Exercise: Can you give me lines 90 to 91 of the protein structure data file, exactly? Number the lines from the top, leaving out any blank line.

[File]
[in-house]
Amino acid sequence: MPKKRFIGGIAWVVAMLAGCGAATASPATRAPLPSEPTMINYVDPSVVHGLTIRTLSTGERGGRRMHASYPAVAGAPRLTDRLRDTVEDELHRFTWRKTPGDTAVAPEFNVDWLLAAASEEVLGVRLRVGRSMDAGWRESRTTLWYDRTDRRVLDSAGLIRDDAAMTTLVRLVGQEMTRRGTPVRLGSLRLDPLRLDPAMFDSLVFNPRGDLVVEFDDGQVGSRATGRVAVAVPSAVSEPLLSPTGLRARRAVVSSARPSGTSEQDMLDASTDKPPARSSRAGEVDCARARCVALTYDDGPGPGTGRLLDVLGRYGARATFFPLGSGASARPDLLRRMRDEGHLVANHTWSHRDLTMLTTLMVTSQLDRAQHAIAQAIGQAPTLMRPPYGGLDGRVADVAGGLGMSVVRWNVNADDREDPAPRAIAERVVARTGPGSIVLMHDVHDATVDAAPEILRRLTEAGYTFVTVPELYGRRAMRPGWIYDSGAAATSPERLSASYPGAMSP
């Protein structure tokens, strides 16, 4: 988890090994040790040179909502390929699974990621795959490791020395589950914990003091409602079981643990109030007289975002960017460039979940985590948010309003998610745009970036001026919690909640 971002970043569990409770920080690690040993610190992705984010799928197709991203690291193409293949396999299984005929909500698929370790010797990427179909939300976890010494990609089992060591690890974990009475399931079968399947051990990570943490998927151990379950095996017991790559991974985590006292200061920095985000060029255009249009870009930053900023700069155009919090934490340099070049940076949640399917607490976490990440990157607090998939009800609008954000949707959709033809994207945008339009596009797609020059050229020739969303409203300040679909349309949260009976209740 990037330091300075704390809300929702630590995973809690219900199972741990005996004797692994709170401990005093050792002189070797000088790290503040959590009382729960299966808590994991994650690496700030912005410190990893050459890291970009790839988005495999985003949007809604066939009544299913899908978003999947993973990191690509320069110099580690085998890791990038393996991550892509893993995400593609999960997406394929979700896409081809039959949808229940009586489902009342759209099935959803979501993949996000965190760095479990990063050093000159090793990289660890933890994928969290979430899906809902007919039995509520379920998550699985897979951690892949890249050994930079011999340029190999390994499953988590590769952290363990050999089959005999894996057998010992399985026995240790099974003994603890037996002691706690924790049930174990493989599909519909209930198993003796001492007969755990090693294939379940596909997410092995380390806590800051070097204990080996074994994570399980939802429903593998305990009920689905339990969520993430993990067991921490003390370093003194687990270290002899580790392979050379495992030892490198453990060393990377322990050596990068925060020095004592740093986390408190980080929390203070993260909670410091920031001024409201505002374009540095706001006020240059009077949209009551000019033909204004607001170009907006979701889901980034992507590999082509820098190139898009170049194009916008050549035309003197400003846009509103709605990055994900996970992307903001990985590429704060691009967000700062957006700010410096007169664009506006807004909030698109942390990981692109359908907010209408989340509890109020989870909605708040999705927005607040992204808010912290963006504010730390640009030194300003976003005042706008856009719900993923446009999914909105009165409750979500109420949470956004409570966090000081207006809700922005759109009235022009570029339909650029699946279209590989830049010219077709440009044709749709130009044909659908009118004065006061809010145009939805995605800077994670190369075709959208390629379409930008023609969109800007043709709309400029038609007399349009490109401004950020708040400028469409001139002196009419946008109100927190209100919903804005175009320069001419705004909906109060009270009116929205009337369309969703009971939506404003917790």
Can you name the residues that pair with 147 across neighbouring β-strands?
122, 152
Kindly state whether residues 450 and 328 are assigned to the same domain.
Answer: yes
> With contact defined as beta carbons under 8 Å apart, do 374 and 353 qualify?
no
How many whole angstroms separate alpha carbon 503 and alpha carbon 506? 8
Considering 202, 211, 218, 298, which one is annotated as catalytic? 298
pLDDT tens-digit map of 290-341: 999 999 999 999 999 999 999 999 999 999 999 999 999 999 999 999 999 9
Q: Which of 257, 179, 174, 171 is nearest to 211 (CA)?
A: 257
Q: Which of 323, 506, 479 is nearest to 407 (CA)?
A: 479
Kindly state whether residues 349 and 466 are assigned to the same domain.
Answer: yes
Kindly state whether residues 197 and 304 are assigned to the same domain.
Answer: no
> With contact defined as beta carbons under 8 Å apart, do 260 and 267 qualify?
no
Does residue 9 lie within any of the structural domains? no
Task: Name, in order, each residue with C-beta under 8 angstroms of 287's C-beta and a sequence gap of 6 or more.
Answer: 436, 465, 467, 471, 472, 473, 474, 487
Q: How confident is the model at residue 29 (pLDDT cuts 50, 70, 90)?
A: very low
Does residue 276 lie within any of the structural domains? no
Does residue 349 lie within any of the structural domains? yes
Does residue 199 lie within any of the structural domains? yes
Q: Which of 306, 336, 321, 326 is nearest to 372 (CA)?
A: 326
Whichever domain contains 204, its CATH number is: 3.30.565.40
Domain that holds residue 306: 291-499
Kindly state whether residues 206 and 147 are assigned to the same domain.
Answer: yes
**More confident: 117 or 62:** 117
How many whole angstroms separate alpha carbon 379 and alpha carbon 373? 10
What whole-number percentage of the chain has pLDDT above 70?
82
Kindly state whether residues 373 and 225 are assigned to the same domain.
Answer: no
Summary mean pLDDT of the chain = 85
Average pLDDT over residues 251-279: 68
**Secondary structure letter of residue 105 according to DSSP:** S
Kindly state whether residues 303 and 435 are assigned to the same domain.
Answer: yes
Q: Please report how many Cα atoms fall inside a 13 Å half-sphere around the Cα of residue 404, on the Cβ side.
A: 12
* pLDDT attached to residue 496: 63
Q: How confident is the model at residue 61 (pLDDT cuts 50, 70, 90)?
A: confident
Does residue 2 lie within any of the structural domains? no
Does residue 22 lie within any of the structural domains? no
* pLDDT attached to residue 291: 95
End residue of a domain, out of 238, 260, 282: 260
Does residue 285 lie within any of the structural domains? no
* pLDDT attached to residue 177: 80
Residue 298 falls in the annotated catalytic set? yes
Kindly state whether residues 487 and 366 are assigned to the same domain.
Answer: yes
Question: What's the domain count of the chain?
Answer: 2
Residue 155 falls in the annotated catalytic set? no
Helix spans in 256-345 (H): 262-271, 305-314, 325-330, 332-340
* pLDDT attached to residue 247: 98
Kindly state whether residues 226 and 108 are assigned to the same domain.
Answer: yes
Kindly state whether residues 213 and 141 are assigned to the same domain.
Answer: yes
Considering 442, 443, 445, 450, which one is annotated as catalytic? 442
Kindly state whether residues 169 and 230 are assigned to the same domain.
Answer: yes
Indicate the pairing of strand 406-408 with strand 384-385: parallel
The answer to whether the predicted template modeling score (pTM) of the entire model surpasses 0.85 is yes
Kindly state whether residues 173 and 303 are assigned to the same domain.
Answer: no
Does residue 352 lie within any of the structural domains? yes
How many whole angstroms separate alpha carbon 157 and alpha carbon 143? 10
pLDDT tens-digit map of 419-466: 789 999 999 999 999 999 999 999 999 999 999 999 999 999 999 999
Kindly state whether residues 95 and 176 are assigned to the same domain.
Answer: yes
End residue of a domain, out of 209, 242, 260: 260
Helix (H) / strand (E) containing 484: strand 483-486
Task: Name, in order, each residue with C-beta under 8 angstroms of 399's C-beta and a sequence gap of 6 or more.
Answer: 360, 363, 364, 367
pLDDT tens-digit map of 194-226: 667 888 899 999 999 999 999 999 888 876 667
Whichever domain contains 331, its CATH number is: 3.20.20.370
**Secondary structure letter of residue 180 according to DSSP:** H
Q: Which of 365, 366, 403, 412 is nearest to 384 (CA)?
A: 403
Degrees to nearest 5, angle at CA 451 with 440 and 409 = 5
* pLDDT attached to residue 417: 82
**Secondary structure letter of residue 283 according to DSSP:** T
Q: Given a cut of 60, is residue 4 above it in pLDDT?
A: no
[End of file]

Q: Which of 365, 366, 403, 412 is nearest to 384 (CA)?
A: 403